More than a decade has passed since the theft of 850,000 bitcoins from the rattled owners from across the globe. The incident still surfaces frequently in the context of crypto exchange security. The incident was a case of renegade entrepreneurism to some while others perceive a devastating combination of “poor management, neglect, and raw inexperience”.
Around 3 years later the company went bankrupt. However, this was no shocker to people with knowledge of the inner functioning of the company. Apart from the disappearance of $460 million, apparently robbed by hackers, and another $27.4 million missing from its bank accounts, the event is said to be a result of slack and casual attitude on the part of the CEO.
We’ll subsequently get deeper into the premise that led to washing $460 million out of the exchange.
Late in 2006, programmer Jed McCaleb ideated building a website for the Magic: The Gathering Online fantasy-based card game service, to allow the user’s trade “Magic: The Gathering Online” cards like stocks. In January of the following year, McCaleb purchased the domain name mtgox.com an acronym for “Magic: The Gathering Online eXchange”.
In late 2007, post an initial beta-release, the website went live for about three months before McCaleb went for other projects.
In mid-2010, McCaleb decided that exchange was required for trading in bitcoin and fiat currency. On 18 July 2010, McCaleb launched Mt Gox as an exchange and price quoting service. He deployed it on the now spare mtgox.com domain name.
The Sell-Out, Security Breach, user DB leak, and Invalid address
In March 2011, McCaleb sold Mt Gox to French developer Mark Karpeles in hopes of passing the torch to an abler someone who can take the idea to the next level. Karpeles was living in Japan. McCaleb retained 12% shares while Karpeles now owned 88%.
On June 13, 2011, the Mt. Gox bitcoin exchange was reportedly robbed of some 25,000 BTC (US$400,000 at the time) from 478 accounts. Next, on Friday 17 June, Mt. Gox’s user database was compromised for sale to Pastebin, signed by ~cRazIeStinGeR~ and tied to firstname.lastname@example.org. The Bitcoins continued to disappear from Mt. Gox accounts, reportedly, throughout that day.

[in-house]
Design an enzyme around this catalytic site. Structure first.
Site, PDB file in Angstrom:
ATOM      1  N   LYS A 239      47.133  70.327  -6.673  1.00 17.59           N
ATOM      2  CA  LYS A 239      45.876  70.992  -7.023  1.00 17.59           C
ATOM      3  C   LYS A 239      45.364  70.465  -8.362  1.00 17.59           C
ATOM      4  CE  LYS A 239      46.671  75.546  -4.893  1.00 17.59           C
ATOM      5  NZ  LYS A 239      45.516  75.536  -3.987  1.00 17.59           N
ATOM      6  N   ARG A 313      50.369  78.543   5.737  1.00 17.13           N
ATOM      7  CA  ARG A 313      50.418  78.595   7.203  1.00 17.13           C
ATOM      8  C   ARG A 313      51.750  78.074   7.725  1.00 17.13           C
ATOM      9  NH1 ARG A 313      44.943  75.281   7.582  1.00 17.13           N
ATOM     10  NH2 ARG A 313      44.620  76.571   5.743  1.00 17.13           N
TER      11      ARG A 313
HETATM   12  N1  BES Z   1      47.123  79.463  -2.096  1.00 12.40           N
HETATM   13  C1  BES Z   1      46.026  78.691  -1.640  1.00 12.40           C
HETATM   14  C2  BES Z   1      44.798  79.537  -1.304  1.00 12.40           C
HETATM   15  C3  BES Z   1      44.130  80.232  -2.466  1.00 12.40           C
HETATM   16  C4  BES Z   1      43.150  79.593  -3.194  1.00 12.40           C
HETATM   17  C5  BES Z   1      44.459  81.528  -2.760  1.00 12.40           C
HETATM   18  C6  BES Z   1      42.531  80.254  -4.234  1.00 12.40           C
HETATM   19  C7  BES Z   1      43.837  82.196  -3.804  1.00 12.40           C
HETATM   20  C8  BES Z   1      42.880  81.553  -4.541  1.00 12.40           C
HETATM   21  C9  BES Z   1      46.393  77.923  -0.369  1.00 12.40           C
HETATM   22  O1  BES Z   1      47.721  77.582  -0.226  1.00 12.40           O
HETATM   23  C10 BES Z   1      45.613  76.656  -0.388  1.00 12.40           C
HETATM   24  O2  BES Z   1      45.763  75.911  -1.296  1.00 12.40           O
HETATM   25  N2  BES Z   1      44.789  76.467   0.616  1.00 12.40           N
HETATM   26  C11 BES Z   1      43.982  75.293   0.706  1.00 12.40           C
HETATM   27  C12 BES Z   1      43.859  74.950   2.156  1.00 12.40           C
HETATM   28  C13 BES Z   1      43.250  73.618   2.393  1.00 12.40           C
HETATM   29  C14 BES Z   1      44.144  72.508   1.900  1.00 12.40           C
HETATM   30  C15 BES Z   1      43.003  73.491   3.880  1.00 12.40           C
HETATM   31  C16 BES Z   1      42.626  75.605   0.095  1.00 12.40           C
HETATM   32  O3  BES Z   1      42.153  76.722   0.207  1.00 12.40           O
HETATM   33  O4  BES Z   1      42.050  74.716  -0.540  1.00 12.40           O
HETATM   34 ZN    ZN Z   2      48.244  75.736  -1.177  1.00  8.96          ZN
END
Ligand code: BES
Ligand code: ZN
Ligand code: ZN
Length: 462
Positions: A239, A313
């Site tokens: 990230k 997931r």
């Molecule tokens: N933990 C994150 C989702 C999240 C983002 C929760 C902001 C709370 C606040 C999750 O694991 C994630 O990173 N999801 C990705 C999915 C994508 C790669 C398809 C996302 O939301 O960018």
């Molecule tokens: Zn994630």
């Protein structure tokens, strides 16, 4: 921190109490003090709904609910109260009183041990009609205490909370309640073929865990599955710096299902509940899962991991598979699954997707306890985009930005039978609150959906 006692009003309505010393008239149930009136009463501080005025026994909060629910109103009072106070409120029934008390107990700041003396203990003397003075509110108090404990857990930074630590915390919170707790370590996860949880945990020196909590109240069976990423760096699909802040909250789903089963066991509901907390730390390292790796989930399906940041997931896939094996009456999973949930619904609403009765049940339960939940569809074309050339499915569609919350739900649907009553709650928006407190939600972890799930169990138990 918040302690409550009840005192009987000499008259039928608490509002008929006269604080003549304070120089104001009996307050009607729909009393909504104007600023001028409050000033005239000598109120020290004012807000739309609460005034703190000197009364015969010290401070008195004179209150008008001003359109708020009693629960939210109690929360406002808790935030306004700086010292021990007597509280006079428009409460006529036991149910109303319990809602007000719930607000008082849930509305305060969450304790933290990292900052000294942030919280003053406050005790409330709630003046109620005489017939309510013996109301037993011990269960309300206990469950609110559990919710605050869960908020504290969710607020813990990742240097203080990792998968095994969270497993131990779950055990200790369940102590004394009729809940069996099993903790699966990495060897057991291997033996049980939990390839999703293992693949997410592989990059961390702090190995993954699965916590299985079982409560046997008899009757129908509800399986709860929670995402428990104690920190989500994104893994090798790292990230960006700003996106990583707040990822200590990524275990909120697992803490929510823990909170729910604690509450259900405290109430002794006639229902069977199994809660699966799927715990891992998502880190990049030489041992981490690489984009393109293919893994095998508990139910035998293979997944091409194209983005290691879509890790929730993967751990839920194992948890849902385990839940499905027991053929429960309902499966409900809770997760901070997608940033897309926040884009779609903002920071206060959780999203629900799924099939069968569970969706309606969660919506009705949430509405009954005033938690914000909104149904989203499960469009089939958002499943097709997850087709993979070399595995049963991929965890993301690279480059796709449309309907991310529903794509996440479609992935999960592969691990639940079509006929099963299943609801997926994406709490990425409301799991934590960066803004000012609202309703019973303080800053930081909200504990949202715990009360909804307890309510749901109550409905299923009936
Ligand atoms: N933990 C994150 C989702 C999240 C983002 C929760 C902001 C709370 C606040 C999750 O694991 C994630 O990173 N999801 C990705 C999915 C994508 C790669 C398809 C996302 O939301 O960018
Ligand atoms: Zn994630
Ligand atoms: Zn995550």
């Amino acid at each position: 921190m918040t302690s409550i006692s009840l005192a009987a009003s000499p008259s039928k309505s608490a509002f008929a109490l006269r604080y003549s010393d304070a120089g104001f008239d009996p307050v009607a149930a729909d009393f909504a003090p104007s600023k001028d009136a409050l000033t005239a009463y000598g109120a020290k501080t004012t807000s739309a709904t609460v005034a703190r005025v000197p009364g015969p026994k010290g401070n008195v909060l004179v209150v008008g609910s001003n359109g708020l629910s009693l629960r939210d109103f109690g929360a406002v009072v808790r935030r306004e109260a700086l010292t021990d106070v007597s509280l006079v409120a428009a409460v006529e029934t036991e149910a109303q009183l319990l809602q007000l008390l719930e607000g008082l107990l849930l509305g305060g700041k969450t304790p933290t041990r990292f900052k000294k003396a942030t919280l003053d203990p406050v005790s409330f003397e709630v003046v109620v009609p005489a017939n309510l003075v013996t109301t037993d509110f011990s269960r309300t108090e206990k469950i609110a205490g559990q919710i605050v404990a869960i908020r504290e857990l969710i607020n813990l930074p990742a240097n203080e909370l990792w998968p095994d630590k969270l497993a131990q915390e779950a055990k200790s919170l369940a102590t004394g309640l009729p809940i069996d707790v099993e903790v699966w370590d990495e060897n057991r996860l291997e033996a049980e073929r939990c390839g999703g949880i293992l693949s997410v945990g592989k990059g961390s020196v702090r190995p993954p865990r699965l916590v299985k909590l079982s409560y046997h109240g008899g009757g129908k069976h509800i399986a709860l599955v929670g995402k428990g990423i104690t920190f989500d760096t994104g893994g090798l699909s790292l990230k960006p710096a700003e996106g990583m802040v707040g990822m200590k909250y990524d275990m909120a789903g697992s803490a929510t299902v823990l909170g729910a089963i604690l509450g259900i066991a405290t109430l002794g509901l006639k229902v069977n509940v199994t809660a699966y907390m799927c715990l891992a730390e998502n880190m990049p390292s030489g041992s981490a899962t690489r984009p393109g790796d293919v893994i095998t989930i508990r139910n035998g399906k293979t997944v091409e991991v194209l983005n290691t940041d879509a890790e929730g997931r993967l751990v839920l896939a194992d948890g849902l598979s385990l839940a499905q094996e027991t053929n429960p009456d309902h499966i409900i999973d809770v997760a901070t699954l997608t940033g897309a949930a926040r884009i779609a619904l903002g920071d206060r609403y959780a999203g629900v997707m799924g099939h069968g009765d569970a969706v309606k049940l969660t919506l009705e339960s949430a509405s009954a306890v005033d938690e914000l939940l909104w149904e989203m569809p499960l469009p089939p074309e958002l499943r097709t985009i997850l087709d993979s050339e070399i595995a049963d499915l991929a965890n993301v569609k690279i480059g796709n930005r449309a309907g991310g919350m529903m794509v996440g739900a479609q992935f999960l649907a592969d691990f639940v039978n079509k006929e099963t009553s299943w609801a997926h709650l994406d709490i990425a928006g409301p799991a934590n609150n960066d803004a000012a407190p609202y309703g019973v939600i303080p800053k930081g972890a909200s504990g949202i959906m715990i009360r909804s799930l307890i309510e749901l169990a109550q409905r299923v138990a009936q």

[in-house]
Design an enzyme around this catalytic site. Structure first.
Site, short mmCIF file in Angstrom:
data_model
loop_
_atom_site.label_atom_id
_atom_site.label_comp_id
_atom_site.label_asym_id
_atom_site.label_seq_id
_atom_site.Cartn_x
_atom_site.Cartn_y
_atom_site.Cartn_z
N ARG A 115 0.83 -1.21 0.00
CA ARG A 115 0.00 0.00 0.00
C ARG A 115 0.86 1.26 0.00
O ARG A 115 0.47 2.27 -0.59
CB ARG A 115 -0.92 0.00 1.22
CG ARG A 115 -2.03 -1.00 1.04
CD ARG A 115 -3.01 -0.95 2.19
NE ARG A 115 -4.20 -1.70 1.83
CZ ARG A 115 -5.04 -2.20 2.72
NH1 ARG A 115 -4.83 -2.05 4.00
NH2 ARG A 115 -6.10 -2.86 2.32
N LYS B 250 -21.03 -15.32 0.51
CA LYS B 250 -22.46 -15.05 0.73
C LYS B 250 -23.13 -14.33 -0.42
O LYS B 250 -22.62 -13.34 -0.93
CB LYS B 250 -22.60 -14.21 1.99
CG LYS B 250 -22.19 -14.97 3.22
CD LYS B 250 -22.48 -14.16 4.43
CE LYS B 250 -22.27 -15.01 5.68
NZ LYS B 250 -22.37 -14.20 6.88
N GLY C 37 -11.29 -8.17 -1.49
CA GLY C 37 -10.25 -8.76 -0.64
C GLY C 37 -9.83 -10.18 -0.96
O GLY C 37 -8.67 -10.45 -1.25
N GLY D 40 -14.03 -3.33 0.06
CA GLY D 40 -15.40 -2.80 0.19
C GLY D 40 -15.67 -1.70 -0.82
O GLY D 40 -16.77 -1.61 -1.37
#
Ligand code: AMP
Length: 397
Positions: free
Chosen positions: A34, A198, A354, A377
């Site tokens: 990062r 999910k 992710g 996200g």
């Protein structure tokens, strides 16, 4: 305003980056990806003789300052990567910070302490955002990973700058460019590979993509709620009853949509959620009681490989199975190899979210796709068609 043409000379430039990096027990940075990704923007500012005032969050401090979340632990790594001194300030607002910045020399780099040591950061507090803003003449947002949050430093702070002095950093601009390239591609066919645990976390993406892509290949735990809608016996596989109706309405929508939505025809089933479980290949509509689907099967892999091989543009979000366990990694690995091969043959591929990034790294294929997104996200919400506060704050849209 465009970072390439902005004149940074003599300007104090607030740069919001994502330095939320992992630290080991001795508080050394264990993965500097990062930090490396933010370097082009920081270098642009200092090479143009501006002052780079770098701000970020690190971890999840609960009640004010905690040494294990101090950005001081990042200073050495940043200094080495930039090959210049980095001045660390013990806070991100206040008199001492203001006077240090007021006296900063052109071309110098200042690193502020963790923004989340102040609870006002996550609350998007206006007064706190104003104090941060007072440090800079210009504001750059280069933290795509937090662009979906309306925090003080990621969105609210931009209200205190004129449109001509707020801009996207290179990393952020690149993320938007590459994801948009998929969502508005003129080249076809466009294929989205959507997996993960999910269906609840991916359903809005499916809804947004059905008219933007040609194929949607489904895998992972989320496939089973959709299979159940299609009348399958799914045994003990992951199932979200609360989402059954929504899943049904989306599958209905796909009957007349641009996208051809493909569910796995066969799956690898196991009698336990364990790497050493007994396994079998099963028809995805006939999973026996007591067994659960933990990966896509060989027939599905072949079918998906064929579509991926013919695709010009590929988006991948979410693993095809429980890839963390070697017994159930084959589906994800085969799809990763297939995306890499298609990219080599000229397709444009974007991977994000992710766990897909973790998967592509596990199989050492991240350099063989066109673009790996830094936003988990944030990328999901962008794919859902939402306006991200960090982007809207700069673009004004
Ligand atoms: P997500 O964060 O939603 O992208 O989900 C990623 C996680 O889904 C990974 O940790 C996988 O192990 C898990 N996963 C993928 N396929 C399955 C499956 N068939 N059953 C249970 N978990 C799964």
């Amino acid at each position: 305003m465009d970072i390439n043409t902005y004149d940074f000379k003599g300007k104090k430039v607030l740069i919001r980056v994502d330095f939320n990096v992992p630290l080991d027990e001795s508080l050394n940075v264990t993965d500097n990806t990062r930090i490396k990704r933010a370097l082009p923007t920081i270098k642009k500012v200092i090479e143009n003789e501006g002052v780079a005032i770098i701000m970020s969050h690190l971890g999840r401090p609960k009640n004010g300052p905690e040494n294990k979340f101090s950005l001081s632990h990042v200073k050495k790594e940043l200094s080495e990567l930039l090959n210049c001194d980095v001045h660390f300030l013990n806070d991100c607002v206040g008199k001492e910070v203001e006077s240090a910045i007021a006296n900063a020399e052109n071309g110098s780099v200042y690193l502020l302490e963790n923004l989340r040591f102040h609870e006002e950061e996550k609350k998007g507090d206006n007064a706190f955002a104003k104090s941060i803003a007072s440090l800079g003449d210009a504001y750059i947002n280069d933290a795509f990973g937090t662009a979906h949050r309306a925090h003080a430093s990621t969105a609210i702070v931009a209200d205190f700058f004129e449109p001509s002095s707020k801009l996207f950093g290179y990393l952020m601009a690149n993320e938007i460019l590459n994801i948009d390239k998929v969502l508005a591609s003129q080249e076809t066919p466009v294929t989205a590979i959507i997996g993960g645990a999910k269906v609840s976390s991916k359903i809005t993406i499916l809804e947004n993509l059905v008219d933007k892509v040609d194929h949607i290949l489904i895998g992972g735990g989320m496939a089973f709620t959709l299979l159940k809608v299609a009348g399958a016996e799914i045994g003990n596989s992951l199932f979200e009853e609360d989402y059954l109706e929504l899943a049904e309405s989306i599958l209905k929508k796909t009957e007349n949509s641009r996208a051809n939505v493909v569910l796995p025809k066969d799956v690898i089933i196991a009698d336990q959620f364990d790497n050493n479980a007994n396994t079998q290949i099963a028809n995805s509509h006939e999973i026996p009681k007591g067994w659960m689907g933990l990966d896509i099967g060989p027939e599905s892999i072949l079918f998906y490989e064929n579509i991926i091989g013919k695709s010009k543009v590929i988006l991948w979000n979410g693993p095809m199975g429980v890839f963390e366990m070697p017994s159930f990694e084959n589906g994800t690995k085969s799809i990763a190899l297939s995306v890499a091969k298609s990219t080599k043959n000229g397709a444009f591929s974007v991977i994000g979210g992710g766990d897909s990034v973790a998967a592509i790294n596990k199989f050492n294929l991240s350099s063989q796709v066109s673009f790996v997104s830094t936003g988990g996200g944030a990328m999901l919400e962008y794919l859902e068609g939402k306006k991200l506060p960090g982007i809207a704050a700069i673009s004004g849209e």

On June 19, a series of fraudulent trades resulted in the nominal price of a bitcoin fraudulently drop to one cent on the Mt. Gox exchange. This happened after a hacker allegedly logged in with credentials from a Mt. Gox auditor’s compromised computer transferring a large number of bitcoins illegally to his own account. He also utilized the exchange’s platform to sell them all nominally, thus, creating a massive “ask” order at any price. Within minutes, the price stood at its correct user-traded value. Accounts valued at over $8,750,000 were affected. To establish that Mt. Gox still retained the control of the coins, the transfer of 424,242 bitcoins from “cold storage” to a Mt. Gox address was declared beforehand, and executed in Block 132749.
Beneath the glamorous outdoors, Mt. Gox was a disaster in waiting. The exchange, as it turned out, didn’t implement any kind of version control software — a standard if not a mandatory tool in any sort of professional software development environment. This implied that any coder could have accidentally overwritten a colleague’s code had they been working on the same file.
Moreover, the world’s largest bitcoin exchange had only newly introduced a test environment. Further implying that, until then, untested software changes were straightaway dished out to the exchange’s customers. Needless to say that this is not the kind of approach you’d find on any professionally run financial services website.
Finally, there had been just only one person to approve changes to the site’s source code: Mark Karpeles. This suggests that bug fixes — or even security fixes — would be queued for weeks before Karpeles made it to the code. “The source code was a complete mess,” remarked an insider.
Finally, could the Mt. Gox disaster have been avoided?
In 2014, after an insider version of the inner working of the exchange surface, the general view did tilt to say it could have been avoided.
Given that no code is unbreakable, regular guarding of rails through security fixes and enforcing professional security can make break-ins difficult. Also in the worst case, it could even recover lost or stolen cryptocurrency. The scenario, as it appears, could be registered as a clear case of taking security for granted.
Having said that back in 2011, bitcoin was all of two. The technology was fairly nascent. Not a lot could have been expected of young tech-entrepreneurs who revolutionized the digital currency space through continued innovation.